25 Table 4 Change in Additional Monetary Compensation ( ) Additional Compensation* 2012 N 2013 N Increase "A" Level $7, $6, % "B" Level $4, $2, % "C" Level $2, $1, % "D" Level $ $1, % *For all executives Additional Compensation** 2012 N 2013 N Increase "A" Level $21, $20, % "B" Level $10, $9, % "C" Level $7, $7, % "D" Level $4, $4, % **For only those executives that receive addition compensation In 2013 additional monetary compensation saw an average of 7.9% decline from 2012 levels. This decline follows an increase of 15.7% between 2011 and 2012, thus 2013 sees a return to 2011 additional compensation levels. Further, when only those who actually receive additional monetary compensation are reported, the size of additional monetary compensation is considerable. Level A executives, for example, receive $20,342 in additional monetary compensation. Table 5 Additional Monetary Compensation Ratio 1 A Level B Level C Level D Level (N=393) (N=139) (N=392) (N=189) Base Compensation 95% 97% 98% 98% Additional Compensation 5% 3% 2% 2% 1 Additional monetary compensation ratio is calculated on a case-by-case basis. Results in the table represent the average of the individual ratios. Calculating based on the aggregate compensation (presented in the table) will yield a different answer that does not represent the average variable pay level. Copyright 2013 Canadian Society of Association Executives 23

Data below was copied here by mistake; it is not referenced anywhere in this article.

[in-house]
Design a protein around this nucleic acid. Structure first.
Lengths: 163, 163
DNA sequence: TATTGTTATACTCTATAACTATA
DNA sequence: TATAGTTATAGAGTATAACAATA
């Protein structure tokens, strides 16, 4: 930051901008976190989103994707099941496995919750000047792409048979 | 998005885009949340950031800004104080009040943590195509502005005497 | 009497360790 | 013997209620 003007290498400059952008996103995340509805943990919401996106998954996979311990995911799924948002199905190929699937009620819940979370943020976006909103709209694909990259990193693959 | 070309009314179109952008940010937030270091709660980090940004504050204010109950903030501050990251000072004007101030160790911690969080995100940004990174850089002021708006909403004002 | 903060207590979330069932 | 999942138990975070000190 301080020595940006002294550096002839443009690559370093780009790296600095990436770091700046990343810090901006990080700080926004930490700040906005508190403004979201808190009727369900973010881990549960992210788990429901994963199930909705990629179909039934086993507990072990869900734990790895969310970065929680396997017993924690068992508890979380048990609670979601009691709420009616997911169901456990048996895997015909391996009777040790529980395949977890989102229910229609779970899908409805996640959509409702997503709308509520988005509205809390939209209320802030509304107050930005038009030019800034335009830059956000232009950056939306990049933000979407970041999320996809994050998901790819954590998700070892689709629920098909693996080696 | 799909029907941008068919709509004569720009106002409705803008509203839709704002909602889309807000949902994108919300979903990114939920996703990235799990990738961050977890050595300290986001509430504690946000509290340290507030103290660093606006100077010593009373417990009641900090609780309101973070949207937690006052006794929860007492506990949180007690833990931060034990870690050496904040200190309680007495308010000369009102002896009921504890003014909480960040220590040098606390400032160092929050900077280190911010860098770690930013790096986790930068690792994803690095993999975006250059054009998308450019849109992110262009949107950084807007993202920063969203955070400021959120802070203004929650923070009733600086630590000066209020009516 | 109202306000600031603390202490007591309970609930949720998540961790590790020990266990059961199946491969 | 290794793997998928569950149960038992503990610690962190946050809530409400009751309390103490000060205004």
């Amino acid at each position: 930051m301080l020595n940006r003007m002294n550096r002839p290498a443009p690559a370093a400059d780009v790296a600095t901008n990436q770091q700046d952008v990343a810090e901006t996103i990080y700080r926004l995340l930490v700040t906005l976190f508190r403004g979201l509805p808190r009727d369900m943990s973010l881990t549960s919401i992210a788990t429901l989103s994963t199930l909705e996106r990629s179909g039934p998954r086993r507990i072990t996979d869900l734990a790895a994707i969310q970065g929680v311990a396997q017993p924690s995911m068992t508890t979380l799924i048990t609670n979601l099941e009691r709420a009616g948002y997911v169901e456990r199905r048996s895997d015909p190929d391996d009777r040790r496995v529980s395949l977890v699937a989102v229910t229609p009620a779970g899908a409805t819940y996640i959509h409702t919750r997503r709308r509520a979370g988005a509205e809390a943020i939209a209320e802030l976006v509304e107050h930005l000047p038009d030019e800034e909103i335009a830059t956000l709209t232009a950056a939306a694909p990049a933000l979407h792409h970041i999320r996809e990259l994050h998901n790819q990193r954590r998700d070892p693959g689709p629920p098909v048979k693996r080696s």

26 Figure 3 Additional Monetary Compensation Ratio Base Compensation Additional Compensation 100% 5% 3% 2% 2% 95% 90% 95% 97% 98% 98% 85% 80% A Level (N=393) B Level (N=139) C Level (N=392) D Level (N=189) Table 5 shows the relative ratio of additional and base monetary compensation between the four executive levels. A level executives earn a slightly larger portion of additional monetary compensation than the other executive levels, but there is little overall variation across the four executive levels. These findings are similar to what is observed in data from Table 6 Compensation Levels by 1st 2nd 3rd 4th A Level (N=393) $29,500 - $90,000 $90,000 - $125,000 $125,000 - $172,450 $172,450 - $658,725 B Level (N=139) $25,000 - $77,450 $77,450 - $95,000 $95,000 - $121,500 $121,500 - $275,000 C Level (N=392) $26,000 - $68,937 $68,937 - $87,312 $87,312 - $108,018 $108,018 - $296,330 D Level (N=189) $22,500 - $56,650 $56,650 - $68,000 $68,000 - $82,797 $82,797 - $240,000 Table 6 reports the range of salaries observed in 2013 at each of the four executive levels. The quartile ranges divide respondents into four equal groups by numbering respondents according to salary (i.e., 25% in each group). This provides an effective framework for salary determination, comparisons, and negotiations by executives or boards by representing the range of salaries within each quartile, at each executive level, thus providing greater detail than simply reporting the average. 24 Copyright 2013 Canadian Society of Association Executives